Humans may be one of the biggest roadblocks preventing fully autonomous vehicles from entering city streets.
If a robot is going to drive a vehicle safely in downtown Boston, it needs to be able to predict what nearby drivers, cyclists and pedestrians are going to do next.
Behavior prediction is a difficult problem, however, and current AI solutions are either too simplistic (they can assume that pedestrians always walk in a straight line) or too conservative (to avoid pedestrians, the robot simply leaves the car in the park), or may only predict an agent’s next trips (roads typically carry many users at once).
MIT researchers have come up with a deceptively simple solution to this complicated challenge. They break a multi-agent behavior prediction problem into smaller pieces and tackle each one individually, so that a computer can solve this complex task in real time.
Their behavior prediction framework first assumes the relationships between two road users -; which car, cyclist or pedestrian has the right of way, and which officer will yield the right of way; and uses these relationships to predict the future trajectories of multiple agents.
These estimated trajectories were more accurate than those from other machine learning models, compared to actual traffic flow in a huge dataset compiled by self-driving company Waymo. The MIT technique even outperformed Waymo’s recently released model. And because the researchers broke the problem into simpler chunks, their technique used less memory.
“It’s a very intuitive idea, but no one has fully explored it before, and it works pretty well. The simplicity is definitely a plus. We benchmark our model against other leading models in the field, including the one from Waymo, the leading company in this field, and our model achieves the best performance on this difficult benchmark. This has a lot of potential for the future”, says co-lead author Xin “Cyrus” Huang, a graduate student in the Department of Aeronautics and Astronautics and a research assistant in the lab of Brian Williams, a professor of aeronautics and astronautics and a member of the Laboratory of Computing and of artificial intelligence (CSAIL ).
Joining Huang and Williams on the paper are three researchers from Tsinghua University in China: co-lead author Qiao Sun, a research assistant; Junru Gu, a graduate student; and lead author Hang Zhao PhD ’19, assistant professor. The research will be presented at the Computer Vision and Pattern Recognition conference.
Several small Models
The researchers’ machine learning method, called M2I, takes two inputs: the past trajectories of cars, cyclists and pedestrians interacting in a traffic environment such as a four-way intersection, and a map with street locations. , lane configurations, etc.
Using this information, a relationship predictor infers which of the two agents has the right of way first, classifying one as the giver and the other as the giver. Then a prediction model, called marginal predictor, guesses the trajectory of the passing agent, since this agent behaves independently.
A second prediction model, known as the conditional predictor, then guesses what the yielding agent will do based on the actions of the passing agent. The system predicts a number of different trajectories for the dealer and setter, calculates the probability of each individually, and then selects the six joint outcomes with the highest probability of occurring.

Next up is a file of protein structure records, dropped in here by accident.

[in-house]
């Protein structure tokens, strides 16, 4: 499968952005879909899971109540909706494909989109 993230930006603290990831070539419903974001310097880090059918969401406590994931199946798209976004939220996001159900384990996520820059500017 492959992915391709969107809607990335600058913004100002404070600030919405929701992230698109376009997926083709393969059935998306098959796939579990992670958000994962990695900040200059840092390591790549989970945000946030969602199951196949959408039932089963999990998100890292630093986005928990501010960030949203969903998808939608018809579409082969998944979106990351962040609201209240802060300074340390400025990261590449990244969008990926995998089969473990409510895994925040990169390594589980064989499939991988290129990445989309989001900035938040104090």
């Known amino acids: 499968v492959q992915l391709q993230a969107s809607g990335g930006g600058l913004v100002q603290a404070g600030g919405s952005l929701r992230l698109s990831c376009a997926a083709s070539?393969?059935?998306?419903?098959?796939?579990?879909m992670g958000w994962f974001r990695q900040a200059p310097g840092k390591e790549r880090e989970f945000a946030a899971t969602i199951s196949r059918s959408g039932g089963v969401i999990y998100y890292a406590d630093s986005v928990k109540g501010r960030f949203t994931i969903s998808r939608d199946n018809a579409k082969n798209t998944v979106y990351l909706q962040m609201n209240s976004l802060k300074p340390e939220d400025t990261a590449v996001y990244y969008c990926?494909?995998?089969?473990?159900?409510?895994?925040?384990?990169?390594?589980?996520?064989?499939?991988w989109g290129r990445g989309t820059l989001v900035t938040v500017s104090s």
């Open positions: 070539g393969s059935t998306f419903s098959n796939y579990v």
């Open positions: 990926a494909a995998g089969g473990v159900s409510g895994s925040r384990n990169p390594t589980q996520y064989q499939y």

M2I produces a prediction of how these agents will move through traffic for the next eight seconds. In one example, their method had a vehicle slow down so a pedestrian could cross the street, then speed up when they cleared the intersection. In another example, the vehicle waited until several cars had passed before turning from a side street onto a busy main road.
While this initial research focuses on the interactions between two agents, M2I could infer relationships between many agents and then guess their trajectories by connecting several marginal and conditional predictors.
Real-life driving tests
The researchers trained the models using the Waymo Open Motion dataset, which contains millions of real-life traffic scenes involving vehicles, pedestrians and cyclists recorded by sensors and lidar cameras (detection and ranging of light) mounted on the company’s autonomous vehicles. They focused specifically on cases with multiple agents.
To determine accuracy, they compared each method’s six prediction samples, weighted by their confidence levels, to the actual trajectories followed by cars, cyclists and pedestrians in a scene. Their method was the most accurate. It also outperformed baseline models on a metric known as overlap rate; if two trajectories overlap, this indicates a collision. M2I had the lowest overlap rate.
“Rather than simply building a more complex model to solve this problem, we took an approach that more closely resembles the way a human thinks when reasoning about interactions with others. A human does not reason about all the hundreds combinations of future behaviors. We make pretty quick decisions,” Huang said.
Another advantage of M2I is that because it breaks the problem down into smaller pieces, it is easier for a user to understand the model’s decision making. In the long run, this could help users trust self-driving vehicles more, Huang says.
But the framework can’t account for cases where two officers influence each other, such as when two vehicles are each moving forward at a four-way stop because drivers don’t know who should yield.
They plan to address this limitation in future work. They also want to use their method to simulate realistic road user interactions, which could be used to verify self-driving car scheduling algorithms or create massive amounts of synthetic driving data to improve model performance.
This research is supported, in part, by the Qualcomm Innovation Grant. The Toyota Research Institute also provided funds to support this work.